Tuesday, January 18, 2022
Jan. 18, 2022

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In Our View: Time to get a handle on state’s plastic bag ban

The Columbian

Single-use plastic bags are finally on their way out in Washington. Everyone who cares about our environment and wildlife should be glad to see them go.

The Legislature approved the ban during its 2020 session. It was originally set to go into effect in January of this year, but was delayed due to the coronavirus pandemic.

Fair enough. COVID-related backups in supply chains prevented retailers from acquiring some of the reusable bags state law says they must instead provide. In addition, concerns about COVID fueled hesitation for reusable bags.

Those issues have largely been addressed, and the ban will take effect Oct. 1.

That is a full 10 years, incidentally, since our neighbor to the south, Portland, outlawed single-use plastic bags in grocery stores. Oregon passed a statewide ban in 2019.

According to the state Department of Ecology’s website, Washingtonians use 2 billion single-use plastic bags every year — including newspaper bags. The bags cannot be easily recycled because they clog up machines used in the process. The bags contain chemicals that are toxic if released into the environment, and pollution from plastics poses both physical and chemical threats to our marine environment.

Starting Oct. 1, single-use plastic bags will be prohibited in all retail and grocery stores, restaurants, takeout establishments, festivals and markets, Ecology says.

In addition, merchants will be required to charge 8 cents per bag for all recycled content paper carry-out bags and reusable carry-out bags made of film plastic. That charge also applies to bags used in curbside pickup. The fee is kept by retailers to help them offset the cost of stocking reusable bags.

It should be noted, the Department of Ecology says, that the 8-cent-per-bag fee will not be charged to those using a voucher or electronic benefits card, including those receiving benefits from Women, Infants and Children, Supplemental Nutrition Assistance Program, Temporary Assistance for Needy Families or Food Assistance Program.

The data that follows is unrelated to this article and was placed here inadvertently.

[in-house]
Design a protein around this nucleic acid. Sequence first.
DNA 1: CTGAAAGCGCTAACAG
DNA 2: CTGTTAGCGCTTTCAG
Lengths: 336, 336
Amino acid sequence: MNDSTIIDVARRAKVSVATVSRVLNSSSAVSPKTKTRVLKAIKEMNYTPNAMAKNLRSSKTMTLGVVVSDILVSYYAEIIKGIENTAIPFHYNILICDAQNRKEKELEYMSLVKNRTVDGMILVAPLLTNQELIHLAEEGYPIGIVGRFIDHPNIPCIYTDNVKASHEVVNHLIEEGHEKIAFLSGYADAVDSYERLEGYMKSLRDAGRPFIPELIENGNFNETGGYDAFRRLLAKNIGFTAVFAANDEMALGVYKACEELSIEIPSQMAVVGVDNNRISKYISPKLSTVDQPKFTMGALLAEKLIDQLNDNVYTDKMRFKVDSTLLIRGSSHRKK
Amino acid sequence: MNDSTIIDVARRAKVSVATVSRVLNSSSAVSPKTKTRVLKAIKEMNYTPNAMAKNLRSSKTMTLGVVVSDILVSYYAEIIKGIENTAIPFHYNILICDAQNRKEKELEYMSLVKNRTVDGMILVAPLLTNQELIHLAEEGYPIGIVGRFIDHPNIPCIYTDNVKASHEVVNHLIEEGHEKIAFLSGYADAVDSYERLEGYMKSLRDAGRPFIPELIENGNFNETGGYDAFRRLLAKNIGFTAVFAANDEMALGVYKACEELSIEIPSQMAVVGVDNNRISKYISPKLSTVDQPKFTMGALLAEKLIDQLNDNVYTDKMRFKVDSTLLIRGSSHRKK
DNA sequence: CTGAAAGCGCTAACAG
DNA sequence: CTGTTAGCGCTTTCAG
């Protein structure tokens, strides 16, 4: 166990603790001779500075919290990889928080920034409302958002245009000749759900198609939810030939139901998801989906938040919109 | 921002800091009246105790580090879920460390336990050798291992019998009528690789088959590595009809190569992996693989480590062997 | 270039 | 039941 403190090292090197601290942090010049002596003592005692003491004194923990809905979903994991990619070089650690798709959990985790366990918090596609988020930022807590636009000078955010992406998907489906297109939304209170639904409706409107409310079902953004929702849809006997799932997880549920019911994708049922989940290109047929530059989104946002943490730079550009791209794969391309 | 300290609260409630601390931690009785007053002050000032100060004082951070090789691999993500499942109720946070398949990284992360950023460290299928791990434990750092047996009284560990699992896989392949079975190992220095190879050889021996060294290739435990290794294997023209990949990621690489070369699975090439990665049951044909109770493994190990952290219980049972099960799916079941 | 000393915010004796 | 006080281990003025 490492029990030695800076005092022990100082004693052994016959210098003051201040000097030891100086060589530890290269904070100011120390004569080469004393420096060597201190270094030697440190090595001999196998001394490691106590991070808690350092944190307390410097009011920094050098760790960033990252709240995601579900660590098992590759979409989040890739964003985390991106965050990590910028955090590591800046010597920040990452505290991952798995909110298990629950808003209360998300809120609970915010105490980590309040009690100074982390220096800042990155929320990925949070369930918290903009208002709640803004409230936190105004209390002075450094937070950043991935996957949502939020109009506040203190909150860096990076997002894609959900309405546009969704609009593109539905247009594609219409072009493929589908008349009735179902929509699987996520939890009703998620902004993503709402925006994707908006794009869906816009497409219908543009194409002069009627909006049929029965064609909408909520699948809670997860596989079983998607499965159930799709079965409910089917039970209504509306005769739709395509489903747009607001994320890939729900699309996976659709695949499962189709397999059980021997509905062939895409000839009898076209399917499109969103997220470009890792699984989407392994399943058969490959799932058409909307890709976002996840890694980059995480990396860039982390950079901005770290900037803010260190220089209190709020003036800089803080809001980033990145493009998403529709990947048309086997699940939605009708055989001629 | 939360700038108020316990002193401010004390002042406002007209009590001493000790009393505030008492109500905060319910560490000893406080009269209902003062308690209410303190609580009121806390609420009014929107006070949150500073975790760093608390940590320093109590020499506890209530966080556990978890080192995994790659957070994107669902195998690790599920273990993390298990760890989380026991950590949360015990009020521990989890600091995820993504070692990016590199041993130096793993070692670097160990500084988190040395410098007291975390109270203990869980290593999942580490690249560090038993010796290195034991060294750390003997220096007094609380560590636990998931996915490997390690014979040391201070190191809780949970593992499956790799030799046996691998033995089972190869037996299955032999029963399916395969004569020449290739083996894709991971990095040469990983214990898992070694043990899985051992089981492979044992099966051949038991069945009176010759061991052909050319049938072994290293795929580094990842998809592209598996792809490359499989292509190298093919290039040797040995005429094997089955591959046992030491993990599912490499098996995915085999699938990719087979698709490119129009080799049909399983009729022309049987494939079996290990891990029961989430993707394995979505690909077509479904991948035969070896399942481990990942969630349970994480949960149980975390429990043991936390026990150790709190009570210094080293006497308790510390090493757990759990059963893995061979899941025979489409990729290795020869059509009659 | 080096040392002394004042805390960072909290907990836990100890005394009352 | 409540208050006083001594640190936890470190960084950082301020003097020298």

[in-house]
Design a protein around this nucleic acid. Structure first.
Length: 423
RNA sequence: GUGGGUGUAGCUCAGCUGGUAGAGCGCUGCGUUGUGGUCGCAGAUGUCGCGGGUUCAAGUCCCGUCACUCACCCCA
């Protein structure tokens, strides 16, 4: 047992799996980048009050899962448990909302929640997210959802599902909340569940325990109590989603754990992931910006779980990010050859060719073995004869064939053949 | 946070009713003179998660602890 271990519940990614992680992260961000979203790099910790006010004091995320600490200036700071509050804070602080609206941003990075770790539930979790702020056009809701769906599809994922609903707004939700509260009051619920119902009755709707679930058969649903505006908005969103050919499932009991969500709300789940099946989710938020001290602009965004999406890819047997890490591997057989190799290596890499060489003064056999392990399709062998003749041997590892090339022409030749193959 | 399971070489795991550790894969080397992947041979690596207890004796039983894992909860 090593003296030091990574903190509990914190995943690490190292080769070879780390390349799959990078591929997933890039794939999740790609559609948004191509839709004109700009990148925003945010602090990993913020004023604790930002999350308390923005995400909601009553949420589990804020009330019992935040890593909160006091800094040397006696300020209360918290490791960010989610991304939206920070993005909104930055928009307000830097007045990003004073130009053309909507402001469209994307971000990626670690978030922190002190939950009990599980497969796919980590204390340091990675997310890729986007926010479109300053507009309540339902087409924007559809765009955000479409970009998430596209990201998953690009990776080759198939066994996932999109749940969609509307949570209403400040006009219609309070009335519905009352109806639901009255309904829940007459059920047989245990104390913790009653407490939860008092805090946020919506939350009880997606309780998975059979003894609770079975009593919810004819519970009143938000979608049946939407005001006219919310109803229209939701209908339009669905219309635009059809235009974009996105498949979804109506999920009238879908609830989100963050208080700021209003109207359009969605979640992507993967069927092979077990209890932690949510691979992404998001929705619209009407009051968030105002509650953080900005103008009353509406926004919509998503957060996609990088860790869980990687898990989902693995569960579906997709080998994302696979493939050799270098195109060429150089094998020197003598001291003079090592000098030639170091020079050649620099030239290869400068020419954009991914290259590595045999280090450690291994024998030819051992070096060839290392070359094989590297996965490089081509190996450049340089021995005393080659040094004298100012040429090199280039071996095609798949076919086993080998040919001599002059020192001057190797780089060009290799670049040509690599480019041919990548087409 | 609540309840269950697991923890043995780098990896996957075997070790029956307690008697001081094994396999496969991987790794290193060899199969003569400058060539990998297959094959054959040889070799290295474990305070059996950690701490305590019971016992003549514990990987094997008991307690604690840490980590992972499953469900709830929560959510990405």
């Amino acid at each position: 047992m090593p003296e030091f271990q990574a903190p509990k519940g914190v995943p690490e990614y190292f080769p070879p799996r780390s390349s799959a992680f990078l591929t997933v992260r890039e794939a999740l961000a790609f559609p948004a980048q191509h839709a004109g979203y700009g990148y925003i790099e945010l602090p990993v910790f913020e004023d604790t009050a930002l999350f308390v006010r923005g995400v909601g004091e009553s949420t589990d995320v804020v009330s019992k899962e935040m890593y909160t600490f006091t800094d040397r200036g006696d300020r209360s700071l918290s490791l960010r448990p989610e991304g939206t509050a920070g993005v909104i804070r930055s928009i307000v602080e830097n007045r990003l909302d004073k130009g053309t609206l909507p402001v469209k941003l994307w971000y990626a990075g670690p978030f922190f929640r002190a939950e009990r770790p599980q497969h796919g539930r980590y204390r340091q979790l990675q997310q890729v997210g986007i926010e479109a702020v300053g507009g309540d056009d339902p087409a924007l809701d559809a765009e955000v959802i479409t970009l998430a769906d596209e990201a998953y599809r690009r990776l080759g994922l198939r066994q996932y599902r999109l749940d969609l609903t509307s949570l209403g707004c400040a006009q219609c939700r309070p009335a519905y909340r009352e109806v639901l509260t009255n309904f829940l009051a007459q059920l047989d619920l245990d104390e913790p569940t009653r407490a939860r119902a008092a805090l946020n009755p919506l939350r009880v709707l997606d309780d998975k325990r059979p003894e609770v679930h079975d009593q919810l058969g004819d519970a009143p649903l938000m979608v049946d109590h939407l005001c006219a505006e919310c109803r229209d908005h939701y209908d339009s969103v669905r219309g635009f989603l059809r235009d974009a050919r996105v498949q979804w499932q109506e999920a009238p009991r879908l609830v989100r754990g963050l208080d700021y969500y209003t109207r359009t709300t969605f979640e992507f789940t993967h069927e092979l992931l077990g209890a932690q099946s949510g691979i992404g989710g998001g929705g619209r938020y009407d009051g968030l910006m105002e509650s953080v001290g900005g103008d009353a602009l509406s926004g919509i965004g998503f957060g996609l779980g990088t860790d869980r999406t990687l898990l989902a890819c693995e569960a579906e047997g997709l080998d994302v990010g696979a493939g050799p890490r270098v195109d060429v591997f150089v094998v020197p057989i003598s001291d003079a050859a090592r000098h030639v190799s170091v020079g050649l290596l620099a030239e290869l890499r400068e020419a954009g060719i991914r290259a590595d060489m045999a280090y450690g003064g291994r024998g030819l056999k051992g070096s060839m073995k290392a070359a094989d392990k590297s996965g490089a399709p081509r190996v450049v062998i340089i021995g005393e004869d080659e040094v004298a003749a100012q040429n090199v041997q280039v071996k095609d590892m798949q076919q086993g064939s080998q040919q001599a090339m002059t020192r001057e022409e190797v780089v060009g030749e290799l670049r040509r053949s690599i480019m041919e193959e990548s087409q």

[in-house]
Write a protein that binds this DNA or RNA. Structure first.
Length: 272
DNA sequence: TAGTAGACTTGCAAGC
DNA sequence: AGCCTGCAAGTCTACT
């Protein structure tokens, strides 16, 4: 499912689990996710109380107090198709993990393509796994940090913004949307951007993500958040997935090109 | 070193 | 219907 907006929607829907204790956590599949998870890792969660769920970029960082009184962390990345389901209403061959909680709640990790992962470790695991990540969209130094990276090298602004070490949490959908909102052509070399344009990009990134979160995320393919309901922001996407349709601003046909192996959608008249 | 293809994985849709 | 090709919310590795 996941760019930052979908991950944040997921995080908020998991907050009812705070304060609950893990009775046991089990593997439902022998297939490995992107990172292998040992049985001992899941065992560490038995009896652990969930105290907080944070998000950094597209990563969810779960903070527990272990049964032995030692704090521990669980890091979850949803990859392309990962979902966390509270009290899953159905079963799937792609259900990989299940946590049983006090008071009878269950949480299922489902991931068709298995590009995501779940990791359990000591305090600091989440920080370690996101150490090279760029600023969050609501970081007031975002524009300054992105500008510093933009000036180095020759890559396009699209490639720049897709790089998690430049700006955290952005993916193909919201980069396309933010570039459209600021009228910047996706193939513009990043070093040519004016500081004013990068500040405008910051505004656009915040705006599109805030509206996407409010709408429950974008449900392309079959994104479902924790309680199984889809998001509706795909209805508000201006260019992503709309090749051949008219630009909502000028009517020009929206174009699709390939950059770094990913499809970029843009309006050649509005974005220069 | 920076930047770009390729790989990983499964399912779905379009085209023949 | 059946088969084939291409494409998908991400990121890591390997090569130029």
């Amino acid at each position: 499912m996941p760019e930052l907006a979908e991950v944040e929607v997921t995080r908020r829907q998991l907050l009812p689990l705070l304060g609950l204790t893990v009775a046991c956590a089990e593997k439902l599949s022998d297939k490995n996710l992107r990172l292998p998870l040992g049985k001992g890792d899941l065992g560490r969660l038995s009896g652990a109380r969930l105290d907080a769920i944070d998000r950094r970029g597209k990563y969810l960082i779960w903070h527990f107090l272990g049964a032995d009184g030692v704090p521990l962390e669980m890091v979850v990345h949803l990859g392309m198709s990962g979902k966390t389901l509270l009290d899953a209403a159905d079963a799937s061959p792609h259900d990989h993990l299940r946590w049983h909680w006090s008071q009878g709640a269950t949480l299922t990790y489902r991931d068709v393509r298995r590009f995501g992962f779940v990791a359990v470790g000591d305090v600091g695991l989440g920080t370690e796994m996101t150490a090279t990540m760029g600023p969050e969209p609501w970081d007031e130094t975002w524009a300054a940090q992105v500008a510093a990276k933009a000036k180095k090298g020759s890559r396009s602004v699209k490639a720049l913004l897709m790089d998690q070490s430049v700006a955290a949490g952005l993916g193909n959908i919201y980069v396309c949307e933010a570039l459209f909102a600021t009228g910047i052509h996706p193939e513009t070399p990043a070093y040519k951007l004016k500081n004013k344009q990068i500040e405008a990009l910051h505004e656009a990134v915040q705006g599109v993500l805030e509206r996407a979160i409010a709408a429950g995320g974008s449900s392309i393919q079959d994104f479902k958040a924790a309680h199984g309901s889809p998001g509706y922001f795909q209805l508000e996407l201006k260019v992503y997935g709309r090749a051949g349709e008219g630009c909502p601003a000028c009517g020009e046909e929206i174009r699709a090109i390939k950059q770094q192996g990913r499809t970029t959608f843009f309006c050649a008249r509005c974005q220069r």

Stores will still be allowed to provide plastic film bags for meat or fruit at no charge, as well as smaller paper bags. Several other types of bags such as newspaper and dry cleaning bags are still permitted with no fee, and the same goes for any bags sold in bulk, such as trash bags or pet waste bags.

The transition to reusable bags shouldn’t be a challenge to most shoppers. As we noted above, anyone who’s been shopping in Portland the past 10 years is already familiar with the practice.

In addition, several businesses in Clark County, including Costco, New Seasons and Chuck’s Produce, have all exclusively used paper bags or other alternatives for a long time. Grocery Outlet also ditched single-use plastic bags ahead of the state’s ban. WinCo gives customers credit toward their bill for each of their own bags they use when buying groceries.

Nearly 40 Washington jurisdictions have already banned single-use plastic bags, and a statewide standard simply makes sense for customers and retailers. Nothing that we use for 10 minutes should pollute the environment for decades.

So invest in a few sturdy cloth bags, save those good paper bags with handles and hang on to the heavy-duty plastic bags already used by some retailers. The state’s plastic bag ban is coming, and you want to be ready.